What’s Sour Grapes been sipping on, you’ve been asking. Well, I’m glad you’ve been asking and one of the better and more surprising is a Cabernet dominated blend from Israel (93% Cab, the rest being Cab Franc).

The name of the winery Assaf, but as my Hebrew is just a little bit rusty, all I know is that it’s from Israel, from the year 2007 and there’s a “Reserve” on the label (I’m clear what Reserve actually means in Israel as it means virtually nothing in Chile, a major wine producing nation).

Anyway, onwards and as to the provenance of the wine, my wife sweet-talked one of her Israeli clients and ended up with a couple of wines.

Brilliant. I use the word “surprising” above simply because of my general ignorance of wines from Israel. So my expectations weren’t that high. Second, it has been maturing away in my wife’s office for well over a year.

How did it taste?

There’s some gorgeous silky fruit, along with a little holding back of the fruit – a Bordeaux like austerity and a super length. It’s very left-bank Bordeaux in style. Nice acidity too which keeps it fresh and an excellent food partner (we had it with lamb). I’d score this wine 91 points.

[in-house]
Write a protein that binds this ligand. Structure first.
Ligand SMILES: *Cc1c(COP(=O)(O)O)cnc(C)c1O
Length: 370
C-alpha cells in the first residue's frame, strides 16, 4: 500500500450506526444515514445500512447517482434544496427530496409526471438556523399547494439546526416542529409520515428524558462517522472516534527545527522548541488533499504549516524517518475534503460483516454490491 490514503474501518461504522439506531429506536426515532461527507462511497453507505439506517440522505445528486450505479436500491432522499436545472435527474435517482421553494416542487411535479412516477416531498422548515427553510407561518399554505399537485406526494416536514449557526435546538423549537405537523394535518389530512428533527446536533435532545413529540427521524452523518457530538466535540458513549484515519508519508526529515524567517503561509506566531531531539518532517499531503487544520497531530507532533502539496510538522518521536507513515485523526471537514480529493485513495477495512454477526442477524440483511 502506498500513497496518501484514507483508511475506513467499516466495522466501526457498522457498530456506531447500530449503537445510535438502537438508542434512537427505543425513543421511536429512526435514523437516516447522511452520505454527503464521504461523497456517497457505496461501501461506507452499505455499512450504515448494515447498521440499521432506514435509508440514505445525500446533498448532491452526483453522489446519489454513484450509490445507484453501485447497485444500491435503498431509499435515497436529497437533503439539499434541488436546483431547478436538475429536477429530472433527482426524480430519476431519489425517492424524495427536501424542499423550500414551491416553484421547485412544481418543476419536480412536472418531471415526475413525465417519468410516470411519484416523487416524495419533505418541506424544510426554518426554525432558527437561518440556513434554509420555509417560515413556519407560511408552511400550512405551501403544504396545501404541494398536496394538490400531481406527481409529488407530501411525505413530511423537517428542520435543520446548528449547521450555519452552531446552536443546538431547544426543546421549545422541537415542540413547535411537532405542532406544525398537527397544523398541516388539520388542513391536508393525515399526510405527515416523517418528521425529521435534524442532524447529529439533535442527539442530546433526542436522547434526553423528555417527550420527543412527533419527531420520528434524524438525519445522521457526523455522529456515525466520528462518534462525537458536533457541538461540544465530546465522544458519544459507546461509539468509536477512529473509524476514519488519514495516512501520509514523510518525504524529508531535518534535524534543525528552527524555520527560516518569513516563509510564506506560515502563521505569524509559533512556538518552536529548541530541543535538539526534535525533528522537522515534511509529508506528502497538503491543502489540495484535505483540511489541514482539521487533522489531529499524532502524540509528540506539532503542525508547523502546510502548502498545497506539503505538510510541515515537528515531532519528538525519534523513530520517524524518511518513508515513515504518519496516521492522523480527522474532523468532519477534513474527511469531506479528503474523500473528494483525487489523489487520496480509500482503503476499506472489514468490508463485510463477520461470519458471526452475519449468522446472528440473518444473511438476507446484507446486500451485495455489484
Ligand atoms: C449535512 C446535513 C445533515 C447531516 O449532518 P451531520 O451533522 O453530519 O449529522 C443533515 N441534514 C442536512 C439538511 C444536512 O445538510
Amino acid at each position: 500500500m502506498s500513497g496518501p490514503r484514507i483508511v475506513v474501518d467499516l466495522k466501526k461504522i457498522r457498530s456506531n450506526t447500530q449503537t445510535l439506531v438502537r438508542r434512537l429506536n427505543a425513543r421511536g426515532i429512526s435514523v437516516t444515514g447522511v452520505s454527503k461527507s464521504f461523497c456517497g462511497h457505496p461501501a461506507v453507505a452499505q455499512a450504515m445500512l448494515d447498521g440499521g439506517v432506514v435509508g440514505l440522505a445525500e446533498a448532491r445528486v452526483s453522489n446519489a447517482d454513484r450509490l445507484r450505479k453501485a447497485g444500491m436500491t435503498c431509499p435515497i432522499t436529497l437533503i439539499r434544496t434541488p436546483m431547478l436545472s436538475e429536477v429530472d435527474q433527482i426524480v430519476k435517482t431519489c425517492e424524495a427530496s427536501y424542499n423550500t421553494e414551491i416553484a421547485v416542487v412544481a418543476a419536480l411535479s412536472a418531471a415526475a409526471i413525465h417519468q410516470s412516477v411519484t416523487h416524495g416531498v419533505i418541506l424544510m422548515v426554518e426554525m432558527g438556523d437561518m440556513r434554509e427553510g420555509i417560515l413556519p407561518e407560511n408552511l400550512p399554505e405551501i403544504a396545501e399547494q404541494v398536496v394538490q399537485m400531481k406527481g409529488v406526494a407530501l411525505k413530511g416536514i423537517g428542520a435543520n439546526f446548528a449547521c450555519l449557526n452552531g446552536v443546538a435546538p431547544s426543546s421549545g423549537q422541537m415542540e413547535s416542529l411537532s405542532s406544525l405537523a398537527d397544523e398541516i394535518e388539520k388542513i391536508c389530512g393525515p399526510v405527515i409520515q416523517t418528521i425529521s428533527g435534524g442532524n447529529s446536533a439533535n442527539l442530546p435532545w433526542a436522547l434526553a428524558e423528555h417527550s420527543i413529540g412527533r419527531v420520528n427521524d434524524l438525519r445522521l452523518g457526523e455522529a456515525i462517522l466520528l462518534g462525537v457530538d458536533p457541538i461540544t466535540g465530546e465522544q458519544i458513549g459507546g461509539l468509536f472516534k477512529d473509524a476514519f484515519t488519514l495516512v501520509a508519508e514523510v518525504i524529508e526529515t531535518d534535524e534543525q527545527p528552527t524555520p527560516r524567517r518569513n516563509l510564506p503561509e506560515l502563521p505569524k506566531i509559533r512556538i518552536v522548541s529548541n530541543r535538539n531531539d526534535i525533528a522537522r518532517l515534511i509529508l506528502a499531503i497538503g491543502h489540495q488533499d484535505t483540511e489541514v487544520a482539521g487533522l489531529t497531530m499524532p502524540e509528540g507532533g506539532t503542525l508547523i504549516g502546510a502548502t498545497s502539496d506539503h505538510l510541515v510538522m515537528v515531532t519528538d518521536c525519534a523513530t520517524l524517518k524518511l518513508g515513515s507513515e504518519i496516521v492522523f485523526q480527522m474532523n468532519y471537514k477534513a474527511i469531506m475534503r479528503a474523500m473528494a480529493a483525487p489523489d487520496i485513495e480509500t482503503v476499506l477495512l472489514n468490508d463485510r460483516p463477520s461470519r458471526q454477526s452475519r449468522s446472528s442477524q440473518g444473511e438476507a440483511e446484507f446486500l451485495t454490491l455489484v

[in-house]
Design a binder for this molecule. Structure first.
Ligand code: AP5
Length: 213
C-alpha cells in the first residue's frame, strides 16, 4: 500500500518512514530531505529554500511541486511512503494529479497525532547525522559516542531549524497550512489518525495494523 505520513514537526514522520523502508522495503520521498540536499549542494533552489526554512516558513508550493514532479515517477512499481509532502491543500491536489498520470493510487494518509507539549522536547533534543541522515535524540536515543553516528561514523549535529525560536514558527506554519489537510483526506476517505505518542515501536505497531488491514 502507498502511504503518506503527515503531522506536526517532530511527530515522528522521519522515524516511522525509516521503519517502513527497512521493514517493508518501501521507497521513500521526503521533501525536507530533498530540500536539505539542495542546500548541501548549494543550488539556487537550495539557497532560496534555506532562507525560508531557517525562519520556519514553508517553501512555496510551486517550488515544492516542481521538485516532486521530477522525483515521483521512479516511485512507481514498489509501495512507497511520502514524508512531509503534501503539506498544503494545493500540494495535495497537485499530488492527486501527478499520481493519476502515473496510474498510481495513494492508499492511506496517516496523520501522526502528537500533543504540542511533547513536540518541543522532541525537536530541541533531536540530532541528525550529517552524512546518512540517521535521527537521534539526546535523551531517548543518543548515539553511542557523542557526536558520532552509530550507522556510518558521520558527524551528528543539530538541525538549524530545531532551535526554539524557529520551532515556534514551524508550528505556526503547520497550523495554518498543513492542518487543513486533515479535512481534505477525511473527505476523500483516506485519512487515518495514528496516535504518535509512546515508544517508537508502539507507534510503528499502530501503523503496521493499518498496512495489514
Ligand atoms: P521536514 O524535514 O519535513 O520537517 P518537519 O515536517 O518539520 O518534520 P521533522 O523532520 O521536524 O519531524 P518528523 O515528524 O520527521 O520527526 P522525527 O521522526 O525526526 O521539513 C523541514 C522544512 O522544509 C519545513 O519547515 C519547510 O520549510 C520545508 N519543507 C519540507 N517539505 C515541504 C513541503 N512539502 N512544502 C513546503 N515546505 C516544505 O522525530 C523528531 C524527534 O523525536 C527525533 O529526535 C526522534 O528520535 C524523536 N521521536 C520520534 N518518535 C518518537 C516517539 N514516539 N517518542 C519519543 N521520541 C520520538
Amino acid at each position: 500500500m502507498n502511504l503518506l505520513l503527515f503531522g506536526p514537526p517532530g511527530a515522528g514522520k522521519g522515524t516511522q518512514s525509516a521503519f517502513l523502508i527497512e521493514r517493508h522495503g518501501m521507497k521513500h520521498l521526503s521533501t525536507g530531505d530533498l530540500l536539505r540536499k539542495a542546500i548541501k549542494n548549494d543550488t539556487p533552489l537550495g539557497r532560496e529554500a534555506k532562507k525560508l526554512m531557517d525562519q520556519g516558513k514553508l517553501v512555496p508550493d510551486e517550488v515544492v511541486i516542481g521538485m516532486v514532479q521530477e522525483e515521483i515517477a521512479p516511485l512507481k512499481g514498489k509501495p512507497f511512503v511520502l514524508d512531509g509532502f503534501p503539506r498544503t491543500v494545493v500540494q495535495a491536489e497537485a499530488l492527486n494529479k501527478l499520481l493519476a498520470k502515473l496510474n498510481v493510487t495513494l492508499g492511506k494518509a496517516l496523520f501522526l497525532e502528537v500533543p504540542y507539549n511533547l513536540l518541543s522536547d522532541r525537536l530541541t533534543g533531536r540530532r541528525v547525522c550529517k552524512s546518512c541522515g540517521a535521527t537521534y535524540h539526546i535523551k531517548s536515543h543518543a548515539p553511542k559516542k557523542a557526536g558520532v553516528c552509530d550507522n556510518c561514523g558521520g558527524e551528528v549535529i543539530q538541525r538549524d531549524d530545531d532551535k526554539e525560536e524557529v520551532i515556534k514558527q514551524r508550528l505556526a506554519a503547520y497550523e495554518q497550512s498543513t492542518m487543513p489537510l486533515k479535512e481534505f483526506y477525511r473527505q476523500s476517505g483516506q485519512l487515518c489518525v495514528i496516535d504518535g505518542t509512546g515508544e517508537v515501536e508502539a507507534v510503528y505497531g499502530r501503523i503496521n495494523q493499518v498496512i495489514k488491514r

What little I could discern from any English on the label was that it’s the 2007 harvest, yet only put into bottle in June 2009. That hints at a professional outfit and a costly investment – almost two years between picking the grapes in 2007 and getting paid for juice.

Being a little provocative, I’d love to be the one to set the cat amongst the pigeons with a blind tasting between this and some top Cabernet-based wines from around the world, I think it could contend with a really good Cru Bourgeois or some classed growths from Bordeaux.


We can’t get our hands on this (or wines of a similar quality from Israel) over here. While there are a good 8-10 wines here of Lebanese origin, Israel’s next door neighbour, we see none from Israel save one or two stores which serve the Israeli or Jewish community.

That’s a real shame, particularly in the case of this fantastic wine from the Assaf producer.

So, if a ballsy importer was to take in one new wine from one new country, this would be my pick. And in the meantime, here’s to my wife getting more work from Israel!